Why is the Catholic and Community Credit Union closed on West Main in Belleville? All their recording says is that it's closed indefinitely. Many of us out here are wondering.
-- T.S., of Belleville
Don't worry, the financial sky hasn't fallen in on your favorite credit union. But the building's ceiling has.
"We don't know what caused it," said Vicki Westerfield, the credit union's marketing spokeswoman. "The ceiling came in. It just started falling down."
Fortunately, it happened before they opened for business, and nobody was injured. But the branch at 6100 W. Main St. has been closed since Saturday.
"The employees were in there and they looked up and all of a sudden it was starting to sag," Westerfield said. "So they started moving and it just came in. Not the whole ceiling but in places. There's cracks."
Now the cause is under investigation as the credit union tries to get the word out about the closure.
"I mean drywall does not just come down on its own. So it has to be checked out before anything can be done. We don't know how long it's going to take."
Westerfield assures customers that while the ceiling is showing a bit of physical weakness, the union is financially strong. In the interim, Belleville customers can use the Shiloh or Carlyle Avenue locations -- or any of the 5,000 other credit unions nationwide in the Co-Op Shared Branch network (www.co-opsharedbranch.org).
"We're not disappearing."
Your recent answer about "bling" reminded me of another word I've wondered about -- "swag," which seems to mean anything from stolen goods to describing showy displays of money or possessions. How did that start? -- John Fehrmann
While the word may sound fresh and trendy, it actually has swaggered down a torturous path of at least 700 years of language history to get here.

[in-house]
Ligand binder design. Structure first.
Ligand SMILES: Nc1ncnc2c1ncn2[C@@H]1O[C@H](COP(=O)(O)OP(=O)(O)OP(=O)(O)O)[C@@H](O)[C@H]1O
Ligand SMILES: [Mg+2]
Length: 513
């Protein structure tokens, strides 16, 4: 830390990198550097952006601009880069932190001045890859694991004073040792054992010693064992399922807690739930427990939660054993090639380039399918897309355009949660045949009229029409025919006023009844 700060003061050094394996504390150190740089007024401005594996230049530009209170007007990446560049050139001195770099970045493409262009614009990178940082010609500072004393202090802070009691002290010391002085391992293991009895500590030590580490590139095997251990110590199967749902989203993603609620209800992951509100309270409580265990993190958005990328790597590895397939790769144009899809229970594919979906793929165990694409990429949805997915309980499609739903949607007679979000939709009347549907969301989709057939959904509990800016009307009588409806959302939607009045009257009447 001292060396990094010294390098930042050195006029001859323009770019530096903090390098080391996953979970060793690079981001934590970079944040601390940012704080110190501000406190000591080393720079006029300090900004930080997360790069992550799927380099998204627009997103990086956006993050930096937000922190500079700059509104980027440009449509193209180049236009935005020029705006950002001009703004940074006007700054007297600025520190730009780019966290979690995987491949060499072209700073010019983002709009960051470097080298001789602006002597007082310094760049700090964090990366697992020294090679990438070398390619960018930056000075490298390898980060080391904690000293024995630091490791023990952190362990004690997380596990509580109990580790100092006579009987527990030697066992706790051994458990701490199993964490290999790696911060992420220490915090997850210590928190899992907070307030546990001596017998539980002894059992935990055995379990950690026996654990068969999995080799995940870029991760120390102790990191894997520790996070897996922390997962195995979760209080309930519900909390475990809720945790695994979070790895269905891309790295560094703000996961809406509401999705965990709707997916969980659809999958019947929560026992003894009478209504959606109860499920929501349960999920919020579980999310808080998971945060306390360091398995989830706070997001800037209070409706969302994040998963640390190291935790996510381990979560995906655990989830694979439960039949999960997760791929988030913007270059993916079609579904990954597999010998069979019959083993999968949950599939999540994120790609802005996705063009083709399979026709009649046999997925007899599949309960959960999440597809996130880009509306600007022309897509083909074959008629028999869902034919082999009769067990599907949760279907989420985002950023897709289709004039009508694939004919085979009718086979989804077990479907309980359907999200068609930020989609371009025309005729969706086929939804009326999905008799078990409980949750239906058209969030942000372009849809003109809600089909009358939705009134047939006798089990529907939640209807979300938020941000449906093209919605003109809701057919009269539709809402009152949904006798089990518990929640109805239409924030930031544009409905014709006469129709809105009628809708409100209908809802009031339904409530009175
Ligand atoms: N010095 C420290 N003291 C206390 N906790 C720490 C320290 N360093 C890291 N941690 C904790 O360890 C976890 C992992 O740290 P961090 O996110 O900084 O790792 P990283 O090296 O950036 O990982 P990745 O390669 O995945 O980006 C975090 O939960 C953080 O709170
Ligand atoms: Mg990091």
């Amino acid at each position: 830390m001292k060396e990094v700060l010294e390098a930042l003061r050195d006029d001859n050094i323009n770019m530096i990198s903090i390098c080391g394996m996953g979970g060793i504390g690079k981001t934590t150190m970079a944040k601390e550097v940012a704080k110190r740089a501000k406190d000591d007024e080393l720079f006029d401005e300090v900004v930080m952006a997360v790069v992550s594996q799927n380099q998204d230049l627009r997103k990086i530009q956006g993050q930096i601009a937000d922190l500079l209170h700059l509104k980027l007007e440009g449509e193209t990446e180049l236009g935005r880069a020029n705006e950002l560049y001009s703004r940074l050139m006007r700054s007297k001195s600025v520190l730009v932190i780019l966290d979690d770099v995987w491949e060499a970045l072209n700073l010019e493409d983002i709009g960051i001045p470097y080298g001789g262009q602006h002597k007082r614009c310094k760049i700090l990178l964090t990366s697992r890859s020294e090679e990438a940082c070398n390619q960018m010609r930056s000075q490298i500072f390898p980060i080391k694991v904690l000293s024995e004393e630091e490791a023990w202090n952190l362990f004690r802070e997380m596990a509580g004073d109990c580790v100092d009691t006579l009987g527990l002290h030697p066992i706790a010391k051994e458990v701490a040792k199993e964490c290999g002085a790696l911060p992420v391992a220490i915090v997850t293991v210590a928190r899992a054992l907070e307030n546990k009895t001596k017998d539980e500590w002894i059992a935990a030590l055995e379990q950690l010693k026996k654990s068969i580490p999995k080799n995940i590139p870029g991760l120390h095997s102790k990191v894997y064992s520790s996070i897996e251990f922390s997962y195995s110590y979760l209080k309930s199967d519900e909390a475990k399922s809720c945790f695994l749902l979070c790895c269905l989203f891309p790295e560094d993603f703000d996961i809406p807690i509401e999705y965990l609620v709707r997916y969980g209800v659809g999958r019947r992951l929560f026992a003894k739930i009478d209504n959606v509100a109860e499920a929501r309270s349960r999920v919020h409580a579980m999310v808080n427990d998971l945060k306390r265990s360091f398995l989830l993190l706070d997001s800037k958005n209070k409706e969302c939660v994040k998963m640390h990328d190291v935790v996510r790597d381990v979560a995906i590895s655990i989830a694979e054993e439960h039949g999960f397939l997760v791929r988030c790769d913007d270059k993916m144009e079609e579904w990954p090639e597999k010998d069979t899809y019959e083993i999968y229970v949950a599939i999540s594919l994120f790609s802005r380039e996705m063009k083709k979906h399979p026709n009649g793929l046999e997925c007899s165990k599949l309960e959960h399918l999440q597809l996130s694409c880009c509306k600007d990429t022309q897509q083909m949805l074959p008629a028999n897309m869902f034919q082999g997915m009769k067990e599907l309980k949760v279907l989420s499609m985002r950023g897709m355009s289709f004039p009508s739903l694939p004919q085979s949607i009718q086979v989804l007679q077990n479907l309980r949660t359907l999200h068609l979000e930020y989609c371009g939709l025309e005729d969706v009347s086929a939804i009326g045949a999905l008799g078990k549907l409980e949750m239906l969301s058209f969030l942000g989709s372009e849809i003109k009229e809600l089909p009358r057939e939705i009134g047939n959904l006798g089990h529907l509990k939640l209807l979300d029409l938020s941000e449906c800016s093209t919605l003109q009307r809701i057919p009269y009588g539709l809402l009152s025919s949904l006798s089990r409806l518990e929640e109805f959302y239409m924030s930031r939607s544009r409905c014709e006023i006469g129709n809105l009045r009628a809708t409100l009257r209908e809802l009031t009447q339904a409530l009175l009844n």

In fact, that's how most etymologists seem to think the word started. When ancient Swedes or Finns stumbled out of their neighborhood pub after drinking too much mead, some irate Scandinavian hausfrau probably coined the term "svagga" -- meaning "to move unsteadily from side to side" -- while reading her drunken husband the riot act.
According to the Oxford English Dictionary, the Brits then picked up on this word by 1303 and turned it into "swag" and later, perhaps, "sway." But they didn't stop there. Eventually, the thought of some inebriated soul staggering bent over down the road may have sparked the idea of fabric or other items that are fastened at the ends but sag in the middle. Hence, some decorative curtains, for example, are still called swags.
Similarly, a thief often enters a home with a sack in which to stuff the plunder. By the time the sack is filled, it, too, is hanging heavy and swaying as the thief makes a getaway. As a result, swag also became associated by the 1800s with anything from a burglar's haul to a pirate's booty.
So it wasn't much of a stretch to extend the definition to any ostentatious display of goods or money. In "The Penny Showman" from about 1920, for example, author Tom Norman, a traveling British fairground carny, wrote about a stall that was "set out with the usual showman's swag, such as fancy cups and saucers, gaudy vases, shaving mugs, etc."
Later, the term came to describe promotional giveaway items on radio stations and now seems to encompass anyone who shows off a wad of bills or flashes a gaudy array of jewelry. It also may explain the evolution of "swagger" from an unsteady lurching to a boastful, arrogant strutting.
And the evolution continues. E-mails now pop up periodically suggesting that "swag" was coined in the early '60s by Hollywood homosexuals who used it as an acronym as code for "Secretly We Are Gay."
This, of course, is ridiculous -- as is "Sold Without A Guarantee," "Scientific Wild-Arsed Guess" and a host of others. And that's the swag on swag.
What is Nevada State Route 375 more popularly known as?
Answer to Tuesday's trivia: At 530 feet from the ground to the top of its spire, the Minster in Ulm, Germany, is usually regarded as the tallest church in the world -- although it took more than 500 years to achieve that mark. Originally Roman Catholic, the church was begun in 1377, but for a variety of reasons construction stopped in 1543 when the steeple was only 330 feet high. By that time, the people in Ulm had converted to Protestantism, and the Minster became a Lutheran church. Finally, in 1817, work resumed, and on May 31, 1890, the church was finished -- 14 feet taller than the Cologne Cathedral. At 392 feet, Riverside Church in New York City, which opened Oct. 5, 1930, is the tallest in the U.S.
Send your questions to Roger Schlueter, Belleville News-Democrat, 120 S. Illinois St., P.O. Box 427, Belleville, IL 62222-0427 or email@example.com or call 618-239-2465.